All she could do really in peace was reading or drawing, or writing letters to Sylvia. Nobody had interfered with any of these occupations, though Kate knew that none of them were perfectly agreeable to Aunt Barbara, who had been heard to speak of children's reading far too many silly story-books now-a-days, and had declared that the child would cramp her hand for writing or good drawing with that nonsense.

However, Lady Jane had several times submitted most complacently to have a whole long history in pictures explained to her, smiling very kindly, but not apparently much the wiser. And one, at least, of the old visions of wealth was fulfilled, for Kate's pocket-money enabled her to keep herself in story-books and unlimited white paper, as well as to set up a paint-box with real good colours. But somehow, a new tale every week had not half the zest that stories had when a fresh book only came into the house by rare and much prized chances; and though the paper was smooth, and the blue and red lovely, it was not half so nice to draw and paint as with Sylvia helping, and the remains of Mary's rubbings for making illuminations; nay, Lily spoiling everything, and Armyn and Charlie laughing at her were now remembered as ingredients in her pleasure; and she would hardly have had the heart to go on drawing but that she could still send her pictorial stories to Sylvia, and receive remarks on them. There were no more Lady Ethelindas in flounces in Kate's drawings now; her heroines were always clergymen's daughters, or those of colonists cutting down trees and making the butter.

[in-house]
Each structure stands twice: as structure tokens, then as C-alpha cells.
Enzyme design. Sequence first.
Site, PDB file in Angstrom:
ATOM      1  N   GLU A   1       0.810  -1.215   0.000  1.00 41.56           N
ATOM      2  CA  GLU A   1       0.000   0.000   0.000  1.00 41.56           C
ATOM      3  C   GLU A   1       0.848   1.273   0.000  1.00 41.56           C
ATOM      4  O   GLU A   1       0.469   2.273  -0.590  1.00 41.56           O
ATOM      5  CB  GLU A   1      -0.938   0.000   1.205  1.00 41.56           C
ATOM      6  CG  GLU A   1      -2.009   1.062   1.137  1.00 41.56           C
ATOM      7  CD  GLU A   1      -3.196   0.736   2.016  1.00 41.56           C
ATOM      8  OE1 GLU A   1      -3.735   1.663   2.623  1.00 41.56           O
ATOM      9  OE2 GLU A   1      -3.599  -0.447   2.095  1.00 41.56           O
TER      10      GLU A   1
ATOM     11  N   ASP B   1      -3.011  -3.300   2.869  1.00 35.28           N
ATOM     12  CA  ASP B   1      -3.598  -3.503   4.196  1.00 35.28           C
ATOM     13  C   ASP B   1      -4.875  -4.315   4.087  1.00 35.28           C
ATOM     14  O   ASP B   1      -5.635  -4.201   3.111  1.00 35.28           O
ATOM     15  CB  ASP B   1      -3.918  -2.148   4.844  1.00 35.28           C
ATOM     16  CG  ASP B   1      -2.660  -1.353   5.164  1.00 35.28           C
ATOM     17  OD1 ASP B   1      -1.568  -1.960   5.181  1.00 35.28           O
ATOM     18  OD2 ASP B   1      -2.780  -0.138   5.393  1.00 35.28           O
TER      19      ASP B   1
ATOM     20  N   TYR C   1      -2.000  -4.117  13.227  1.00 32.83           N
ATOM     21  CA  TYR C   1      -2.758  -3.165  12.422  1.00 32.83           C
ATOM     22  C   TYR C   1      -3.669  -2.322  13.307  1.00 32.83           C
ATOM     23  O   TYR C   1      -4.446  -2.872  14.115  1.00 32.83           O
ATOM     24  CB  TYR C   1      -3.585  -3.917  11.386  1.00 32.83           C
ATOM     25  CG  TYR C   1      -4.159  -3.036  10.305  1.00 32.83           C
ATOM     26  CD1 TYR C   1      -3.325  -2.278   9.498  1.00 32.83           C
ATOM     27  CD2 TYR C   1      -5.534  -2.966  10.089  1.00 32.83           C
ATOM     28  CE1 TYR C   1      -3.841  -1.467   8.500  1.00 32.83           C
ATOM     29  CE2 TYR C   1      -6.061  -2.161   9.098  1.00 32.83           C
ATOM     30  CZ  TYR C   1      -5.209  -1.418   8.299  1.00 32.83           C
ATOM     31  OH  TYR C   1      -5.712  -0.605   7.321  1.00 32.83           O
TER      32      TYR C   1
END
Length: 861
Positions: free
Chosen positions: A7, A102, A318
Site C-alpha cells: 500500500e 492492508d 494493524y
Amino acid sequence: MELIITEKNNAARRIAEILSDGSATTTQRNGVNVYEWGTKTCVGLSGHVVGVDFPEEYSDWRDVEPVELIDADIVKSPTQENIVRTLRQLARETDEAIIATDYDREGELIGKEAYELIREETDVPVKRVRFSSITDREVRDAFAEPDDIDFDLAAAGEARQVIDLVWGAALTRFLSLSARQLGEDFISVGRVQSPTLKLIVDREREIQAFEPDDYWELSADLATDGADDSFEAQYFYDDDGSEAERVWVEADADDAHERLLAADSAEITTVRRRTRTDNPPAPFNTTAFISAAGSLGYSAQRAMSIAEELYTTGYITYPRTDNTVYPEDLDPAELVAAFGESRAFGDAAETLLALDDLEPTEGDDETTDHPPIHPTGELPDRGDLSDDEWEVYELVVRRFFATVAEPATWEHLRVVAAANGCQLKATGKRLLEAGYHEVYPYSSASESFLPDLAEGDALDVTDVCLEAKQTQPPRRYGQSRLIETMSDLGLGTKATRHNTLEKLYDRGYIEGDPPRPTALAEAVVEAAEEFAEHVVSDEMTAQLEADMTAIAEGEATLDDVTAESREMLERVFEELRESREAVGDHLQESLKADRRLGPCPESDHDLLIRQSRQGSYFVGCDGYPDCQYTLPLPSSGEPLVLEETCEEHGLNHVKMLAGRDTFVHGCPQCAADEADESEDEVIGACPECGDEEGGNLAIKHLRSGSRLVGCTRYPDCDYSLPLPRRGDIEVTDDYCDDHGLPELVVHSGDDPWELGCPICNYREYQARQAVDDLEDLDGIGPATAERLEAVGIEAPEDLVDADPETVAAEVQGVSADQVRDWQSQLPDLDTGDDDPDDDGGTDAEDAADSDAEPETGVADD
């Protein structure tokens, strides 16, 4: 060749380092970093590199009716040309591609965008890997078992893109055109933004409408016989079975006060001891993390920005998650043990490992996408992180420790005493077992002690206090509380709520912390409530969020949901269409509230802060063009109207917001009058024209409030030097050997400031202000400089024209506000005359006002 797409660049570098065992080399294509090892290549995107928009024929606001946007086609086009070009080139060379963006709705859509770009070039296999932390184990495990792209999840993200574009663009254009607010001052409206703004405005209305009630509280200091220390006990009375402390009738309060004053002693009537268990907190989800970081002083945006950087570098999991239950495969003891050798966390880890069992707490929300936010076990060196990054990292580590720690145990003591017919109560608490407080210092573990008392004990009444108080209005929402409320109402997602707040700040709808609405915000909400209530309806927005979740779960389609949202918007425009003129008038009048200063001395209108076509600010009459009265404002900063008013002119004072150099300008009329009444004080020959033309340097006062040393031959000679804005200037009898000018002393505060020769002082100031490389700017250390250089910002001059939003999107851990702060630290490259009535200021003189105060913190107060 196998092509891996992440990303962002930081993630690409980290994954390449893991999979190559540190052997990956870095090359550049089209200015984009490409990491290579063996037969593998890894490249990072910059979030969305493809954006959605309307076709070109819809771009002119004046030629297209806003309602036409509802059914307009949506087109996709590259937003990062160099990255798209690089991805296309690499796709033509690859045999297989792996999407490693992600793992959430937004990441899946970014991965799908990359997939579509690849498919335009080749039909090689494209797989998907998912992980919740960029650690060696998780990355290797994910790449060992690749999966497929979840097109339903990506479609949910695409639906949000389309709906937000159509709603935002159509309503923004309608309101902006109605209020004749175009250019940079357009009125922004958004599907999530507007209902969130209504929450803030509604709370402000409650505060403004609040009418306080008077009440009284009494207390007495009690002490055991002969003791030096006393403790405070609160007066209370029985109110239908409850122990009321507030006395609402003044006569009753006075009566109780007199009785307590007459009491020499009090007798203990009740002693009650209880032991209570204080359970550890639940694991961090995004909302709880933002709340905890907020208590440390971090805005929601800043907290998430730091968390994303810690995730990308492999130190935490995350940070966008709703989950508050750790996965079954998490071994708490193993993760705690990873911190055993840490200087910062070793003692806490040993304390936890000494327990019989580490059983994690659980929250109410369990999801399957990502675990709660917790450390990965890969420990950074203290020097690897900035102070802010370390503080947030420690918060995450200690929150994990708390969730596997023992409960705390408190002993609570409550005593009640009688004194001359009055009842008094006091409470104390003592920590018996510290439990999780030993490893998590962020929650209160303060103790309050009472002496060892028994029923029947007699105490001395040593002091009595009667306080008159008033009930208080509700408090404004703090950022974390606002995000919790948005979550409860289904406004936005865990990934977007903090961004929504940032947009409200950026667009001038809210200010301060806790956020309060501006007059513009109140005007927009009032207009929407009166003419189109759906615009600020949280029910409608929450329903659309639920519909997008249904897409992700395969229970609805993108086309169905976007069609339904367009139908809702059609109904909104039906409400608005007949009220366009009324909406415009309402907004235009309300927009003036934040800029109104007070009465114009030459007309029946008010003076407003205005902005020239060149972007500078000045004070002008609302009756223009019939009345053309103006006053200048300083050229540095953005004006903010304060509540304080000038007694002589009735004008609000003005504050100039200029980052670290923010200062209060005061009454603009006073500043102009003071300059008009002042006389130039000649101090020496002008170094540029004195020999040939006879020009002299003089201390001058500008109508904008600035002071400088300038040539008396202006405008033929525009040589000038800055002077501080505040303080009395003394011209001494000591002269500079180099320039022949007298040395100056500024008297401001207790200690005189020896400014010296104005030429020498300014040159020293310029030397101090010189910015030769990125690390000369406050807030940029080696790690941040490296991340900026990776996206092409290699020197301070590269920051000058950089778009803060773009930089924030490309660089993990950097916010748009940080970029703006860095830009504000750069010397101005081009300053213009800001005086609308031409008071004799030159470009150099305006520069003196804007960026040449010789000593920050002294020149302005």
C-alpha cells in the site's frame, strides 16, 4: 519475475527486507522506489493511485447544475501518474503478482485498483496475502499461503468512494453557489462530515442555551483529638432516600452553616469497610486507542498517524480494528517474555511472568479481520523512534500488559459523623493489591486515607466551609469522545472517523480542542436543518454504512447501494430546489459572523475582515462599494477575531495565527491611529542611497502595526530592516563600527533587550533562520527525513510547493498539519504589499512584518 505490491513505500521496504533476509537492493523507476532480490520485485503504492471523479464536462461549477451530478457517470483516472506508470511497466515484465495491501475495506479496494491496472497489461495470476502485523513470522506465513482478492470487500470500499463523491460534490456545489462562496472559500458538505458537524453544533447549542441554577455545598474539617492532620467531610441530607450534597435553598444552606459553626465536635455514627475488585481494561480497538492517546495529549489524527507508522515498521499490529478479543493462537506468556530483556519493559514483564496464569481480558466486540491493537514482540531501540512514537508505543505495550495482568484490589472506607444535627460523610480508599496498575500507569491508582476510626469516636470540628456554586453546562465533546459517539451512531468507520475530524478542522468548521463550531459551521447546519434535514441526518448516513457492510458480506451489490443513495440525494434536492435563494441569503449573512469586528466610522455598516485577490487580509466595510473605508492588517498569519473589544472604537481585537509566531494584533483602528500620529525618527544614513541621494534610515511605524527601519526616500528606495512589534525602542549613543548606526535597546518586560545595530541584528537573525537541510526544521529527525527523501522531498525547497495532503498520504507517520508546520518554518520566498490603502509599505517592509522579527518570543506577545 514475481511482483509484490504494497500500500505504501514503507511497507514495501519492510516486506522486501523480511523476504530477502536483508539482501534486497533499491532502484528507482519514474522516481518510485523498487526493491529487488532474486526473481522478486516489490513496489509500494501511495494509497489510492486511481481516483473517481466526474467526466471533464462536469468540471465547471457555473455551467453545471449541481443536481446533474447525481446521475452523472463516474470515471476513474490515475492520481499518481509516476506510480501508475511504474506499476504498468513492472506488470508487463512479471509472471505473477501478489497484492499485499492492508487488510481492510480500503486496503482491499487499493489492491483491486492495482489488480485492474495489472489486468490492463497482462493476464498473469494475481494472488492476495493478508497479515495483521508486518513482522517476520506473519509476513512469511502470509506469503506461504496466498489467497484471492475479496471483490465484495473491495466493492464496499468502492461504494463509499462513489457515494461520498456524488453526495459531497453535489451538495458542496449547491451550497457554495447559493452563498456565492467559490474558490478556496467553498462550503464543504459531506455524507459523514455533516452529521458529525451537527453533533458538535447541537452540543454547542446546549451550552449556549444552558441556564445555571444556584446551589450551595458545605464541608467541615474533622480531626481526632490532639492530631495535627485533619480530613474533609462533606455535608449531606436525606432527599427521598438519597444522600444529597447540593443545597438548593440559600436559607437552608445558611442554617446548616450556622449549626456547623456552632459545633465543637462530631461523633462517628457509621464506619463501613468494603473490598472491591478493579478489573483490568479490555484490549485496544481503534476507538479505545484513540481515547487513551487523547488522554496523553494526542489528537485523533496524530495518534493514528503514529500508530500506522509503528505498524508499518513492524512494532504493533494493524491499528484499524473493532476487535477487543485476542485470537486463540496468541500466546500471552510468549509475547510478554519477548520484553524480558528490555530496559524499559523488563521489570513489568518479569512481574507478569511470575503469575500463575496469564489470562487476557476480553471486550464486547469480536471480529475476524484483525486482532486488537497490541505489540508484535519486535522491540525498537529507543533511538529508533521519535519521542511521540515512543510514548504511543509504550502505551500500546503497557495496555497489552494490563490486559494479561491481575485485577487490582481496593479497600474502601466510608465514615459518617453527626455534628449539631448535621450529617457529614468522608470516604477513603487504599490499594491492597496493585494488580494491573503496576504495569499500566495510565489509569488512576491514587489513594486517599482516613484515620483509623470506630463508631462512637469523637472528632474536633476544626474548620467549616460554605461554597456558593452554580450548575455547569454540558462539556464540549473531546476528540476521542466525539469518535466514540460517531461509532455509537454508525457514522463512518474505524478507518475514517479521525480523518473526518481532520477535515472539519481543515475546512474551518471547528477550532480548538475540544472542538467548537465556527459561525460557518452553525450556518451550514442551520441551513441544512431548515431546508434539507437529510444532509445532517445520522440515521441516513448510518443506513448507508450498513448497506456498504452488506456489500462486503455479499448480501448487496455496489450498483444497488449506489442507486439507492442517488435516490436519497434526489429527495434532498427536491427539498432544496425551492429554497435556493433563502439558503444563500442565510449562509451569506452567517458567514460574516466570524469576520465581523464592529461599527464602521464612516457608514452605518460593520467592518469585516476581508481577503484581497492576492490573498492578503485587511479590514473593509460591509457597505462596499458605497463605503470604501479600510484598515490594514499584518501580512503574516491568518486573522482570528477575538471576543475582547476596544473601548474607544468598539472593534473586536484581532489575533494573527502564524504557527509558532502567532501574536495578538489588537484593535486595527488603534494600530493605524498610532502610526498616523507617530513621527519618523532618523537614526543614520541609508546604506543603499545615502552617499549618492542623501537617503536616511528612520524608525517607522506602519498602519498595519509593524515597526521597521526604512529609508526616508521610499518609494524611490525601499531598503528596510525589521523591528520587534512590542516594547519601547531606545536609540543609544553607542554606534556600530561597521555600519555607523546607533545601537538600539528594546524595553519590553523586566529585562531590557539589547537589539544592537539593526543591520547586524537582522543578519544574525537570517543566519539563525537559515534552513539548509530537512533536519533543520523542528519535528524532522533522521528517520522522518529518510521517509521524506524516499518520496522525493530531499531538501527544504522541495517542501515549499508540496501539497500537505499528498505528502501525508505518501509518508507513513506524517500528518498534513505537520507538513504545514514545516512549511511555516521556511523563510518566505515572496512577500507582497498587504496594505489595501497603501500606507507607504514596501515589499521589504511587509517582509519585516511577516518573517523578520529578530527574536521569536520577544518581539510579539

At three o'clock the carriage came to the door; and on Mondays and Thursdays took Lady Caergwent and her governess to a mistress who taught dancing and calisthenic exercises, and to whom her aunts trusted to make her a little more like a countess than she was at present. Those were poor Kate's black days of the week; when her feet were pinched, and her arms turned the wrong way, as it seemed to her; and she was in perpetual disgrace. And oh, that polite disgrace! Those wishes that her Ladyship would assume a more aristocratic deportment, were so infinitely worse than a good scolding! Nothing could make it more dreadful, except Aunt Barbara's coming in at the end to see how she was getting on.